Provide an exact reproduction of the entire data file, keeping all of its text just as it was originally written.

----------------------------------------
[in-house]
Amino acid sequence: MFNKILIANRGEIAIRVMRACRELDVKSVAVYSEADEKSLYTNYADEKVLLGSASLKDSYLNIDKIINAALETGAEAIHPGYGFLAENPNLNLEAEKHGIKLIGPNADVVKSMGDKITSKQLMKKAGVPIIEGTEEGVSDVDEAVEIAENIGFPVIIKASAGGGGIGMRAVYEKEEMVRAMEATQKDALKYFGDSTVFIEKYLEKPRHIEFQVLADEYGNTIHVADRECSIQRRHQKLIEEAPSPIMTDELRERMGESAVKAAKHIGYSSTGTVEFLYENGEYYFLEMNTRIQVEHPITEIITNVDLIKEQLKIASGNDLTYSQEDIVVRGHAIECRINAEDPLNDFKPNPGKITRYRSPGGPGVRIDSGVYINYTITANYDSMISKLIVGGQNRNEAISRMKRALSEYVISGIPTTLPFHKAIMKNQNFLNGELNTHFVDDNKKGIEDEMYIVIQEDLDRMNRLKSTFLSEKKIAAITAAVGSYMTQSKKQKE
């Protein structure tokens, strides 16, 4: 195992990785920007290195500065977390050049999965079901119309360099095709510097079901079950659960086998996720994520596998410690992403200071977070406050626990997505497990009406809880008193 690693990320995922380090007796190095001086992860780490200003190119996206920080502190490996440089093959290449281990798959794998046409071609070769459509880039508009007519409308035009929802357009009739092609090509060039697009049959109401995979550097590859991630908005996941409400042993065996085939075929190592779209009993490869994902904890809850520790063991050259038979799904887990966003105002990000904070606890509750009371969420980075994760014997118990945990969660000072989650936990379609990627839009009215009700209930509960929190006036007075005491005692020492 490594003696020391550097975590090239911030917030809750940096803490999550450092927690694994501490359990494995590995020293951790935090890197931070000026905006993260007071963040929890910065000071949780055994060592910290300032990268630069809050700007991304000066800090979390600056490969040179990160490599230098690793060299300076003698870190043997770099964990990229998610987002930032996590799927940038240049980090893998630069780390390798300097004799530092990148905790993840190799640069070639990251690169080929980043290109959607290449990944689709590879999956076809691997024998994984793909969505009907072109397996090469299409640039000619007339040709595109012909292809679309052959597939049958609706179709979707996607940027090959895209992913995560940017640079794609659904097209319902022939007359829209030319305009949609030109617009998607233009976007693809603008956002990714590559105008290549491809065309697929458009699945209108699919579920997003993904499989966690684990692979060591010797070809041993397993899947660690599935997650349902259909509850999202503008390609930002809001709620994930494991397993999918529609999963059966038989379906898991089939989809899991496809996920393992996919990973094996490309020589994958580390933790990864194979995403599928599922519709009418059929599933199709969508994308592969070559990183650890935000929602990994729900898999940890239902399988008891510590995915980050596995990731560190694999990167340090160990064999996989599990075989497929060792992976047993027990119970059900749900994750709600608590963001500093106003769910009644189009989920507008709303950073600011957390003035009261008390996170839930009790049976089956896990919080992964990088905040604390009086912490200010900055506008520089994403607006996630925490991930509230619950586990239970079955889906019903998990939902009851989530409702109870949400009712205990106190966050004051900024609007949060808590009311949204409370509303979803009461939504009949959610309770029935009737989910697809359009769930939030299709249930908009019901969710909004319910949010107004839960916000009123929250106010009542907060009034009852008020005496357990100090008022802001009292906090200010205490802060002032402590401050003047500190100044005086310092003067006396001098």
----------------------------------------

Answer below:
[in-house]
Amino acid sequence: MFNKILIANRGEIAIRVMRACRELDVKSVAVYSEADEKSLYTNYADEKVLLGSASLKDSYLNIDKIINAALETGAEAIHPGYGFLAENPNLNLEAEKHGIKLIGPNADVVKSMGDKITSKQLMKKAGVPIIEGTEEGVSDVDEAVEIAENIGFPVIIKASAGGGGIGMRAVYEKEEMVRAMEATQKDALKYFGDSTVFIEKYLEKPRHIEFQVLADEYGNTIHVADRECSIQRRHQKLIEEAPSPIMTDELRERMGESAVKAAKHIGYSSTGTVEFLYENGEYYFLEMNTRIQVEHPITEIITNVDLIKEQLKIASGNDLTYSQEDIVVRGHAIECRINAEDPLNDFKPNPGKITRYRSPGGPGVRIDSGVYINYTITANYDSMISKLIVGGQNRNEAISRMKRALSEYVISGIPTTLPFHKAIMKNQNFLNGELNTHFVDDNKKGIEDEMYIVIQEDLDRMNRLKSTFLSEKKIAAITAAVGSYMTQSKKQKE
């Protein structure tokens, strides 16, 4: 195992990785920007290195500065977390050049999965079901119309360099095709510097079901079950659960086998996720994520596998410690992403200071977070406050626990997505497990009406809880008193 690693990320995922380090007796190095001086992860780490200003190119996206920080502190490996440089093959290449281990798959794998046409071609070769459509880039508009007519409308035009929802357009009739092609090509060039697009049959109401995979550097590859991630908005996941409400042993065996085939075929190592779209009993490869994902904890809850520790063991050259038979799904887990966003105002990000904070606890509750009371969420980075994760014997118990945990969660000072989650936990379609990627839009009215009700209930509960929190006036007075005491005692020492 490594003696020391550097975590090239911030917030809750940096803490999550450092927690694994501490359990494995590995020293951790935090890197931070000026905006993260007071963040929890910065000071949780055994060592910290300032990268630069809050700007991304000066800090979390600056490969040179990160490599230098690793060299300076003698870190043997770099964990990229998610987002930032996590799927940038240049980090893998630069780390390798300097004799530092990148905790993840190799640069070639990251690169080929980043290109959607290449990944689709590879999956076809691997024998994984793909969505009907072109397996090469299409640039000619007339040709595109012909292809679309052959597939049958609706179709979707996607940027090959895209992913995560940017640079794609659904097209319902022939007359829209030319305009949609030109617009998607233009976007693809603008956002990714590559105008290549491809065309697929458009699945209108699919579920997003993904499989966690684990692979060591010797070809041993397993899947660690599935997650349902259909509850999202503008390609930002809001709620994930494991397993999918529609999963059966038989379906898991089939989809899991496809996920393992996919990973094996490309020589994958580390933790990864194979995403599928599922519709009418059929599933199709969508994308592969070559990183650890935000929602990994729900898999940890239902399988008891510590995915980050596995990731560190694999990167340090160990064999996989599990075989497929060792992976047993027990119970059900749900994750709600608590963001500093106003769910009644189009989920507008709303950073600011957390003035009261008390996170839930009790049976089956896990919080992964990088905040604390009086912490200010900055506008520089994403607006996630925490991930509230619950586990239970079955889906019903998990939902009851989530409702109870949400009712205990106190966050004051900024609007949060808590009311949204409370509303979803009461939504009949959610309770029935009737989910697809359009769930939030299709249930908009019901969710909004319910949010107004839960916000009123929250106010009542907060009034009852008020005496357990100090008022802001009292906090200010205490802060002032402590401050003047500190100044005086310092003067006396001098």